February 28, 2022
Record-high inflation, rising interest rate fears and spiking geopolitical risk over turmoil in Ukraine are an obvious recipe for market volatility. For rattled investors, it may be beneficial to shift your focus from the short-term clamour to the long-term horizon, particularly if you experience stress from dramatic market swings.
Viewing the current environment in the context of your long-term wealth plan can help minimize anxiety and the chance you’ll do something rash, such as converting funds to cash during a market low. Investors who overreact will likely face a longer recovery period and may experience tax consequences.
However, maintaining a long-term perspective also means testing your portfolio for resilience. We run simulations to identify potential weaknesses under a range of geo-political, market and economic scenarios. With that, we can make adjustments to fortify your plan, maximize the potential to achieve long-term objectives, and give you the confidence to stay invested.
Is your plan resilient?
2022 so far has been defined by market turbulence, soaring inflation, spiking omicron cases, broken supply chains, and Russia’s invasion of Ukraine. Investors are likely to see more collateral headwinds in the coming months as these factors unfold and new risks emerge.
Despite looming Federal Reserve rate hikes and quantitative tightening measures, fundamental earnings growth and other factors indicate we may return to a more “normal” economic state.
One reason for a positive outlook is the U.S. Department of Commerce’s estimate that 2021 fourth quarter GDP increased by 6.9%, ahead of its projected rate. In addition, the fundamentals of US large cap stocks appear to be solid.
It’s a good time to revisit your wealth plan and ask, “How could the current world impact my long-term preservation of capital, growth, and goals?”
Finding solace in simulations
Our interactive wealth planning tools incorporate your assets, cashflows, and future expenses – projecting them over your lifetime. The projections show the expected value of portfolio assets in any given year, as well as the likelihood that your plan will meet your objectives.
As wealth planners, we use scenario analysis to test your plan’s ability to withstand a range of conditions, such as high transitory inflation, increased long-term inflation and interest rates, a short-term market correction or lengthy bear market and long-term performance returns that are less than historic averages. These simulations reveal your plan’s level of resilience.
Many clients voice concerns to us about inflation. According to the U.S. Department of Labor, the Consumer Price Index, which measures the average change in prices of consumer goods and services, increased by 0.6 % in January. In total that amounts to a 7.5% hike from a year ago. Even so, understanding the potentially corrosive effects of inflation on your plan is far more complex than a single data point.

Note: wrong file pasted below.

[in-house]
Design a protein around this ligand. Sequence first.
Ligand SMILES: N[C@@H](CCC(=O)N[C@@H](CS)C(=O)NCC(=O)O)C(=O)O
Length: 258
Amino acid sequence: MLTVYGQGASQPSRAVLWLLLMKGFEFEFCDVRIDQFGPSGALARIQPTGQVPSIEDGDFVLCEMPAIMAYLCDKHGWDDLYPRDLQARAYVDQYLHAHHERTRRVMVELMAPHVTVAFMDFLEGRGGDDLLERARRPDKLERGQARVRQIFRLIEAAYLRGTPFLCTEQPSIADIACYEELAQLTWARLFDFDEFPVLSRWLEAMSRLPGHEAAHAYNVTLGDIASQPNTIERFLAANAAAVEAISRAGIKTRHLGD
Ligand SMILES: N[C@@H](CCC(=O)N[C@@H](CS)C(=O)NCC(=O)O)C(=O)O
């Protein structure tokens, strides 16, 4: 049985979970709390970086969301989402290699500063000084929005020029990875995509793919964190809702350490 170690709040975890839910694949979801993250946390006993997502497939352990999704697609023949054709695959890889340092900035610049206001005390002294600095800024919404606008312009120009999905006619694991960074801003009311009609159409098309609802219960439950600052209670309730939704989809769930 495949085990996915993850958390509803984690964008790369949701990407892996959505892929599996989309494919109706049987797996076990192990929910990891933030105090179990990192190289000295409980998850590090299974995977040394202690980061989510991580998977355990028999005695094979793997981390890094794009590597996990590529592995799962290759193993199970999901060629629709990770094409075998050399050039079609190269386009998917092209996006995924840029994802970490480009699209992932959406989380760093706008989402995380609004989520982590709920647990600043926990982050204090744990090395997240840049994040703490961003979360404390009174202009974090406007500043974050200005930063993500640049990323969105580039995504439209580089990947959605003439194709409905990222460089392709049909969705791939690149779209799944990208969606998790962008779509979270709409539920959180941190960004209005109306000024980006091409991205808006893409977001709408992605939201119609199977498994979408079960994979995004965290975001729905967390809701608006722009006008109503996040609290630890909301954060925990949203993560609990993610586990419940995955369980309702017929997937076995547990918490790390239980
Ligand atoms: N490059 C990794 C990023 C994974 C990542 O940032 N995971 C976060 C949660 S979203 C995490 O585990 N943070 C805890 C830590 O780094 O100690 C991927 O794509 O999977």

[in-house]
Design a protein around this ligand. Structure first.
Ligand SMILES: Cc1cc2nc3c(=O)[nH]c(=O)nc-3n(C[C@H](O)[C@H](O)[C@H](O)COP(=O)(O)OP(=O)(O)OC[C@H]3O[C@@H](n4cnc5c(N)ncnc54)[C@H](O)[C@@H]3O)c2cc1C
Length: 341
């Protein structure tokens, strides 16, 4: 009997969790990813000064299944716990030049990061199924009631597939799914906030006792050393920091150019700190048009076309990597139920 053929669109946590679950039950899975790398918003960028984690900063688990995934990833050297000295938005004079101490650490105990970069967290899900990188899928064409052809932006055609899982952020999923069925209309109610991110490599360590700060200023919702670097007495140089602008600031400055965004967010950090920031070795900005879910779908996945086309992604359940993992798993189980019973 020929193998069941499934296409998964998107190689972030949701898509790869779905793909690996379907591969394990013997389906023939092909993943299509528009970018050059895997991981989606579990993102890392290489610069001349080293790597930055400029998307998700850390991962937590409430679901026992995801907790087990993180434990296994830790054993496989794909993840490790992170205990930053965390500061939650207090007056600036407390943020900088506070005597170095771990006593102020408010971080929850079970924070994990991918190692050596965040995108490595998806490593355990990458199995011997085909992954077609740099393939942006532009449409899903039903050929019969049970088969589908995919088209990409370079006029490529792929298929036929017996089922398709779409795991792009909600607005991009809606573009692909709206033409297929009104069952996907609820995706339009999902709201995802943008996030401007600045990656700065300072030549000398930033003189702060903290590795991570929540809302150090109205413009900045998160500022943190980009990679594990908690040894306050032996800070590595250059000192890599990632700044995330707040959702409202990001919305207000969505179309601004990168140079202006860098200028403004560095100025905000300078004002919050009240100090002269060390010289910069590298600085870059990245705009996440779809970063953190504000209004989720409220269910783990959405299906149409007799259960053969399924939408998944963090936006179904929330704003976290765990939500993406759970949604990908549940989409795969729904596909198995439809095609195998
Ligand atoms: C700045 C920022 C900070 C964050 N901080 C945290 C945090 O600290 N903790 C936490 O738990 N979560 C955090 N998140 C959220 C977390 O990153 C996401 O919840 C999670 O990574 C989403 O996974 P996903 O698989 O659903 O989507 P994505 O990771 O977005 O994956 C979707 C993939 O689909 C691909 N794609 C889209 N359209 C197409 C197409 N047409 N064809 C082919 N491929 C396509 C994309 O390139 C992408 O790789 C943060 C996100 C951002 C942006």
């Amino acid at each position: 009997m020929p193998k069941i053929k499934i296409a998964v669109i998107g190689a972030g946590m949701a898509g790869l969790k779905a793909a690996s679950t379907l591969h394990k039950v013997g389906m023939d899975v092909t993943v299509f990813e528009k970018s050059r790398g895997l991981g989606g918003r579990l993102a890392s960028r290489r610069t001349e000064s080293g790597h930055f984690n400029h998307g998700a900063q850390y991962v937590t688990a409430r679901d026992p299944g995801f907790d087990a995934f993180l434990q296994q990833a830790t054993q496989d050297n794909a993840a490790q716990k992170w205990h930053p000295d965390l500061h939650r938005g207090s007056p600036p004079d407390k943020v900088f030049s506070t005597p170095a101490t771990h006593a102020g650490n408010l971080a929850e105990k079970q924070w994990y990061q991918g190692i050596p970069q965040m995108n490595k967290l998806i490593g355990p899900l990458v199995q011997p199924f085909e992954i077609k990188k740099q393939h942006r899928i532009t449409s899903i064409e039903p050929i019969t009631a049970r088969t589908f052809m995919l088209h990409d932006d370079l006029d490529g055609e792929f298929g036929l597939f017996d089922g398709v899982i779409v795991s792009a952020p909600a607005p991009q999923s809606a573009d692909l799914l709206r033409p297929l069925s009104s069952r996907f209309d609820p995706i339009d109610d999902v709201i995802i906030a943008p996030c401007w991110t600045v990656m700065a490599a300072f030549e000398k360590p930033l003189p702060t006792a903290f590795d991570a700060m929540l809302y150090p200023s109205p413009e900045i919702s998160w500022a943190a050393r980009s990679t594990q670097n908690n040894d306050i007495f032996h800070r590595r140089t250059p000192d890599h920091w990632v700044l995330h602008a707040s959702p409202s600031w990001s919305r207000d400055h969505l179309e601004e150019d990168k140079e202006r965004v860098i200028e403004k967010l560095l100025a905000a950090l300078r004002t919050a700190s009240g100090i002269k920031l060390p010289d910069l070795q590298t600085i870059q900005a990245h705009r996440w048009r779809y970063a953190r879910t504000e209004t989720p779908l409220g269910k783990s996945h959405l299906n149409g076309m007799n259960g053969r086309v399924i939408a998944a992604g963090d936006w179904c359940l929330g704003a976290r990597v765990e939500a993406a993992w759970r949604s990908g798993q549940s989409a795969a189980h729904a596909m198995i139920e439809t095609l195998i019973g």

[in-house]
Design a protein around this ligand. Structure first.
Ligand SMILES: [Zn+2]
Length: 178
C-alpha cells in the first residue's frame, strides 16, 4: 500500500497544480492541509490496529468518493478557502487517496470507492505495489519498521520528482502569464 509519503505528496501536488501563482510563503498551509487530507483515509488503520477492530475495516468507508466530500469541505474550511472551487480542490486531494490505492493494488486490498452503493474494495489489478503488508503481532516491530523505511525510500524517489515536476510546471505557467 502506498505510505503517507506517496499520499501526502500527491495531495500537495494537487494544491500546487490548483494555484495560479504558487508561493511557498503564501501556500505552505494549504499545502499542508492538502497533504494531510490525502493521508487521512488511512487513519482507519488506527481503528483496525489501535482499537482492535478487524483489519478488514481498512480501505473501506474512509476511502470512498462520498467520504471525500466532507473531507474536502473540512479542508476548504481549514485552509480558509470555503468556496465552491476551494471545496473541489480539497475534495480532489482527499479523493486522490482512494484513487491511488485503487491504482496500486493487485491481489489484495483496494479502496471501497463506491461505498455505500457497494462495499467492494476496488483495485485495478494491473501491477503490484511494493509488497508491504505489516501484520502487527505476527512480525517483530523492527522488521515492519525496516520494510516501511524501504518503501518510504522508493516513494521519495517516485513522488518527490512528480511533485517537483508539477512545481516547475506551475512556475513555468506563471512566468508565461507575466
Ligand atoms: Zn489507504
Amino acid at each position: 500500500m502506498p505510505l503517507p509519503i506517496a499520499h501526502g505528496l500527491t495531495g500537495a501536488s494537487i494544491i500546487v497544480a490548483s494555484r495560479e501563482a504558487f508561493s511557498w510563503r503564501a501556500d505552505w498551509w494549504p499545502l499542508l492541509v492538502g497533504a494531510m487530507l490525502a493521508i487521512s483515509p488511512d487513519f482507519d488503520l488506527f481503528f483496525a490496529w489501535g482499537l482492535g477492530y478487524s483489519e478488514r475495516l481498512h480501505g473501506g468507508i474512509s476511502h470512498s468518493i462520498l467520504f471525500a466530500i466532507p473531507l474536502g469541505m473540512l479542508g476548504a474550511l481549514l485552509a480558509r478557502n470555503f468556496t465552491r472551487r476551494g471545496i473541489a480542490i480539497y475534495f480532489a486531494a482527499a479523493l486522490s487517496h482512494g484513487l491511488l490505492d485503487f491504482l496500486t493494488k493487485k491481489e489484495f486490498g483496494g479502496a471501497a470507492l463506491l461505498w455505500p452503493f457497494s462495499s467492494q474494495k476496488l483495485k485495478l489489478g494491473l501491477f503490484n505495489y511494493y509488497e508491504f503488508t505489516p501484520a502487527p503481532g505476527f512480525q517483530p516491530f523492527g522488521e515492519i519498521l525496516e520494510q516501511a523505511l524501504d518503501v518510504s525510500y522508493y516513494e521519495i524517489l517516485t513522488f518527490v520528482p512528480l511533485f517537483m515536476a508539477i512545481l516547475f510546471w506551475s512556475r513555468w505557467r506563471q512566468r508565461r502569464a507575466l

Our analysis can look at the impact, for instance, of long-term inflation at 3% to 4% and a transitory period lasting a couple years of inflation at 5%. What happens to your purchasing power if inflation comes down from 7.5%, but settles at 4% instead of returning to a more traditional 2.5%, while your income fails to keep pace?
Long-term goals are funded with income streams, savings, and portfolio withdrawals. If your sources of income are fixed, your purchasing power will dwindle with rising inflation. Annuities that have been annuitized pay a fixed amount, while the value of pension and supplemental executive retirement plan (SERP) payments likely decrease over time.
The purchasing power of any money you have ‘stuffed under your mattress’ will decrease each year. The same is true for savings and money market accounts whose interest rates tend to be lower than inflation. Additionally, costs that impact long-term goals can inflate at different rates, such as healthcare costs, which consume a larger percentage of your total expenditures as you age.
No need to panic, our wealth planners are here to conduct a thorough review of your plan on a regular basis. We aim to help keep your long-term objectives resilient to inflation.
Keeping perspective; taming turbulence
It’s okay to feel the urge to pull out of the market but in most cases, we recommend staying invested, particularly if you rely on your portfolio to fund your lifestyle. Parking cash will earn a near-zero yield. Instead, ensure that you have access to funding in the form of cash, credit, or other liquid assets. Liquidity is key to riding out market storms.
As a rule of thumb, if you are building wealth with dual income in an expansionary economic environment, you’ll likely need less than 12 months of liquidity. Retirees’ dependent on their portfolios will likely need 18 to 24 months of liquidity. Each situation is unique, and your circumstances will dictate what constitutes an adequate amount of liquidity.
It’s also important to diversify income streams. Income from rental properties, for example, can rise with inflation – along with property values. Generally, stocks are positively correlated with inflation. You should also consider scenarios that incorporate changes to your risk tolerance, which may change with age. You may need to adjust your allocation to a more appropriate risk/return profile.
It’s easy to lose perspective when turbulence strikes and allow anxiety to distort your view of market opportunity. But with the right tools, we can gain a detailed picture of your potential to thrive over your lifetime. Let us help you fine tune your plan to increase your portfolio’s resilience and boost your ability to weather market storms.
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